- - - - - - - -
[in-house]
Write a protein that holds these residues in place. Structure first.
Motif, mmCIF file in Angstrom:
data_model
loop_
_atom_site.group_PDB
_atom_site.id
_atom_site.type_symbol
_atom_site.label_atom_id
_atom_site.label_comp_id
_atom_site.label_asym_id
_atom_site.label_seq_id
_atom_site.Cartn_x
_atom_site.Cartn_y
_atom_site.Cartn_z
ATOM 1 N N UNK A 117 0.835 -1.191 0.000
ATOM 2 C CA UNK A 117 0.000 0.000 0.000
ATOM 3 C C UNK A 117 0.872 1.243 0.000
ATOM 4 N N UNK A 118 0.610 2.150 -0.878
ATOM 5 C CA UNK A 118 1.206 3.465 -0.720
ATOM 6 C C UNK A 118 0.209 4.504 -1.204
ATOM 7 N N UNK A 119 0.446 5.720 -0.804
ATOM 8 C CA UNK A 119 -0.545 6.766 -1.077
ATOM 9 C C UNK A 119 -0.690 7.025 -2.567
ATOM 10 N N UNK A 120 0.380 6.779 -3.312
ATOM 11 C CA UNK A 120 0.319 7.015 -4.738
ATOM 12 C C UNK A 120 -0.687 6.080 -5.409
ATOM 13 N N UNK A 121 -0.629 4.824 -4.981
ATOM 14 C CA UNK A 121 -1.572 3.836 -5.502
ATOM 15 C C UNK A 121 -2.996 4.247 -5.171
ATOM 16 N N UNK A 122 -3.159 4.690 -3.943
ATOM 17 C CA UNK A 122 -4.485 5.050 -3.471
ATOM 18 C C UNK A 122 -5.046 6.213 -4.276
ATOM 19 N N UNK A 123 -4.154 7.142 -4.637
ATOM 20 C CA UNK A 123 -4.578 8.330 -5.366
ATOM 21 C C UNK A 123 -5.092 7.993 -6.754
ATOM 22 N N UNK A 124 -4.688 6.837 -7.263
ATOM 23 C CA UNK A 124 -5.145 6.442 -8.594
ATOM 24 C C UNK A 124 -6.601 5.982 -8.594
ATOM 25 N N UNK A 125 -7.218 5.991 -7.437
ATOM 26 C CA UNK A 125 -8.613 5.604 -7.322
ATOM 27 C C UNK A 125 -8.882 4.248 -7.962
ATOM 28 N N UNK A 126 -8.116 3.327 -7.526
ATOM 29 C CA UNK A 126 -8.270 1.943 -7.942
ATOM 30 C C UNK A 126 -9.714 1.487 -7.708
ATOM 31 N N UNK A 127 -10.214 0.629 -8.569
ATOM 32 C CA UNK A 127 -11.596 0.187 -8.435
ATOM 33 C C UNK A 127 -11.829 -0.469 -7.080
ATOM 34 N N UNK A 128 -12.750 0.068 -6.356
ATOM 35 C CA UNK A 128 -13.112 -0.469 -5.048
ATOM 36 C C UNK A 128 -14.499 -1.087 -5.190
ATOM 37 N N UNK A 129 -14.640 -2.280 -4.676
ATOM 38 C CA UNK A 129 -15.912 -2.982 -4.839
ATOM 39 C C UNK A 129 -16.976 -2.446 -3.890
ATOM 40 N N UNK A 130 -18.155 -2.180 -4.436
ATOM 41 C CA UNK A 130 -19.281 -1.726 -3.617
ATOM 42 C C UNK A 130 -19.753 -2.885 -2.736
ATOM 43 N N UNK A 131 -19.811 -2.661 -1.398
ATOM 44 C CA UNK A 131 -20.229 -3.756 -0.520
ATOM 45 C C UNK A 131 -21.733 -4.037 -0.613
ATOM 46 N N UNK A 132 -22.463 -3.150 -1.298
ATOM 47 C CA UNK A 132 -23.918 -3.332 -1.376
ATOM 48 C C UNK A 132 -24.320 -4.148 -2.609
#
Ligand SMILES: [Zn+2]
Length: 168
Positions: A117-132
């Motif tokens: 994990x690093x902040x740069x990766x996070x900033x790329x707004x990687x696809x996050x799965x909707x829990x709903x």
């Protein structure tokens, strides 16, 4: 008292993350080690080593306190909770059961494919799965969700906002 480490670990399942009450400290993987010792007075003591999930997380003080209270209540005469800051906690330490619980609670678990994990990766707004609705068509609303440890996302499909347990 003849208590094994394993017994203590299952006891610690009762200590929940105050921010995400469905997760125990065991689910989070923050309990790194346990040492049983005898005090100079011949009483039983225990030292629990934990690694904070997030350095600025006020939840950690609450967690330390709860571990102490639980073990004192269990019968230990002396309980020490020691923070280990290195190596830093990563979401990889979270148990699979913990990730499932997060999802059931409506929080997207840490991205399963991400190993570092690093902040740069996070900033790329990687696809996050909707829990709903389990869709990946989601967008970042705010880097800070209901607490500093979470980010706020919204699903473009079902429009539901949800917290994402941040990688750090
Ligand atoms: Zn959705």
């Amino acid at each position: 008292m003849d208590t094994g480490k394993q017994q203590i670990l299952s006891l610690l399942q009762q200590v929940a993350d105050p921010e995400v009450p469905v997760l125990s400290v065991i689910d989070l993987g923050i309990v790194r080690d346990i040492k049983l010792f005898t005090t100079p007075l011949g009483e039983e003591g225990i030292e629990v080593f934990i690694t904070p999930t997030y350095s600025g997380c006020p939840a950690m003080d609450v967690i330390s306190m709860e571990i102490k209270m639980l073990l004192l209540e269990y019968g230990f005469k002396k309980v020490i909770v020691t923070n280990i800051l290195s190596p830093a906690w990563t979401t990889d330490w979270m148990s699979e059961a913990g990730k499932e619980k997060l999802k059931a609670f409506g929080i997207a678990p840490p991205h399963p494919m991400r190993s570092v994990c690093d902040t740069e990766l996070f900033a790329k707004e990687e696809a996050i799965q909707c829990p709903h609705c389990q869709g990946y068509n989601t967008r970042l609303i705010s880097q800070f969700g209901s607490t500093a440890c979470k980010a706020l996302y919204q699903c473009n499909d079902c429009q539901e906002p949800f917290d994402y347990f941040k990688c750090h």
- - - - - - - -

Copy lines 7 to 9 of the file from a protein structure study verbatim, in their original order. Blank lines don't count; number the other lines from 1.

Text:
_atom_site.id
_atom_site.type_symbol
_atom_site.label_atom_id